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Capital grants of up to $150,000 could be offered to large industry
in Southland as an incentive to switch to woodchip boilers.

The Wood Energy South project was formally launched yesterday with
about 70 people from businesses, schools and local and central
government gathered at SIT Centrestage to be convinced about the
benefits of wood energy.

The three-year, $1.5 million project is funded by the Energy
Efficiency and Conservation Authority (EECA) in partnership with Venture
Southland.

Wood Energy South technical advisor Lloyd McGinty said the
three-year target was to remove 150,000 gigajoules of industry and
commercial emissions. As an example, he said a large Southland meat
plant could emit about 400,000 gigajoules annually.

“They’re hefty targets, which suggest we need to be going after these large, industrial clients.”

A meat plant of this size could potentially access a Wood Energy South capital grant of about $150,000, McGinty said.

Grants to cover up to 50 per cent of a wood boiler feasibility study
were also available up to a maximum of $15,000, he said.

EECA chairman Tom Campbell said Southland was ideally placed to play
a leadership role and if successful, the wood energy initiative was
likely to be rolled out nationwide.

Reducing reliance on fossil fuels was an important environmental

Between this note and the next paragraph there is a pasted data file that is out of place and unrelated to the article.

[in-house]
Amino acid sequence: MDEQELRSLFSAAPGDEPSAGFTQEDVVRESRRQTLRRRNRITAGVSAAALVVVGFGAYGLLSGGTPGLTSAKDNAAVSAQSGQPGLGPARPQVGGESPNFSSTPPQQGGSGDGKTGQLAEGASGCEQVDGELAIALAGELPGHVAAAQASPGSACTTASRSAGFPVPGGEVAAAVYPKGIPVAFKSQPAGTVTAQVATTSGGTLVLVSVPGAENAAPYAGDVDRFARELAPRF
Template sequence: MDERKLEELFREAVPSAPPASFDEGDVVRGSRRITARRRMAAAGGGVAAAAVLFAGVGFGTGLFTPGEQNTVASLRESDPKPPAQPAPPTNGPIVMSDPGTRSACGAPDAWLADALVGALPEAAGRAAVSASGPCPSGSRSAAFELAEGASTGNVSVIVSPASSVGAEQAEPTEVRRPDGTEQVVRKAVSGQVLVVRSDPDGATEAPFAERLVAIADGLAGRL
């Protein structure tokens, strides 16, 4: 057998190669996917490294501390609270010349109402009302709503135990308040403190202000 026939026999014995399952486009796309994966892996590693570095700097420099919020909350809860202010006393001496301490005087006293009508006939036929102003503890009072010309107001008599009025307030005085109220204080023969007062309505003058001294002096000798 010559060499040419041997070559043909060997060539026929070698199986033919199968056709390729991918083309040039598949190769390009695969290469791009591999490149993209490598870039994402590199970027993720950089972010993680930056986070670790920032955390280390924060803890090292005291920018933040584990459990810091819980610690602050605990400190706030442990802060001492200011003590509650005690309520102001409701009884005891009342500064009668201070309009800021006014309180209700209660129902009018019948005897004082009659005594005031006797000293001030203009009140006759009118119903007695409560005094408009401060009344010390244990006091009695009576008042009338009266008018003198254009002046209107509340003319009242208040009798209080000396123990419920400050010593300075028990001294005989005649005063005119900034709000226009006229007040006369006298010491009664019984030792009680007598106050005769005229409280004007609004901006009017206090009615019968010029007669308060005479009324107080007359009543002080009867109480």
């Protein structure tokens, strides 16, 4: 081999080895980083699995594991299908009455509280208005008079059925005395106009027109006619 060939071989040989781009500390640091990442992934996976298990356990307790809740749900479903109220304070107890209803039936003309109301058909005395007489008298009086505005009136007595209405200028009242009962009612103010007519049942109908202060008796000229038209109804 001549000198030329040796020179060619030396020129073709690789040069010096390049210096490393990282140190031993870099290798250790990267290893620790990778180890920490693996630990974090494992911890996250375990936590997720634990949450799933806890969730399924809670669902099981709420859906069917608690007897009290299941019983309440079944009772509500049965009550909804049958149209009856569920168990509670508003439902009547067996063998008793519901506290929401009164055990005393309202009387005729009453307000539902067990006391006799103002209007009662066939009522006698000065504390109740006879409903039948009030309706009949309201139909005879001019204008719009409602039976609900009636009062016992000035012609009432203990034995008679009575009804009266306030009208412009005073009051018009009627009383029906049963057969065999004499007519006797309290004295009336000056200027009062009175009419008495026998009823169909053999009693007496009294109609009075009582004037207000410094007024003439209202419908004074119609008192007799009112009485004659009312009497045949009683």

goal but “when you do the math” wood energy stacked up financially too,
he said.

Schools were an important part of the wood energy mix and Ministry
of Education national portfolio manager Mark Stallman said the technical
advisory service offered through the project would help schools which
needed a lot of help around big infrastructure decisions.

“I want to see more wood boilers in schools,” he said.

Splash Palace aquatic services manager Peter Thompson said the
$650,000 capital cost of installing a wood chip boiler in 2012 was
proving a wise investment, with lower running costs and maintenance,
reduced emissions and drastically lower waste bills among the benefits.

“It’s safe to say our expectations have been vastly exceeded,” he said.

Jason Domigan from Environment Southland told the audience that
commercial and industrial emissions would be included in stage two of
its air plan, a two to three-year process which would begin mid-way
through next year.

McGinty said the project website, woodenergysouth.co.nz, went live yesterday.

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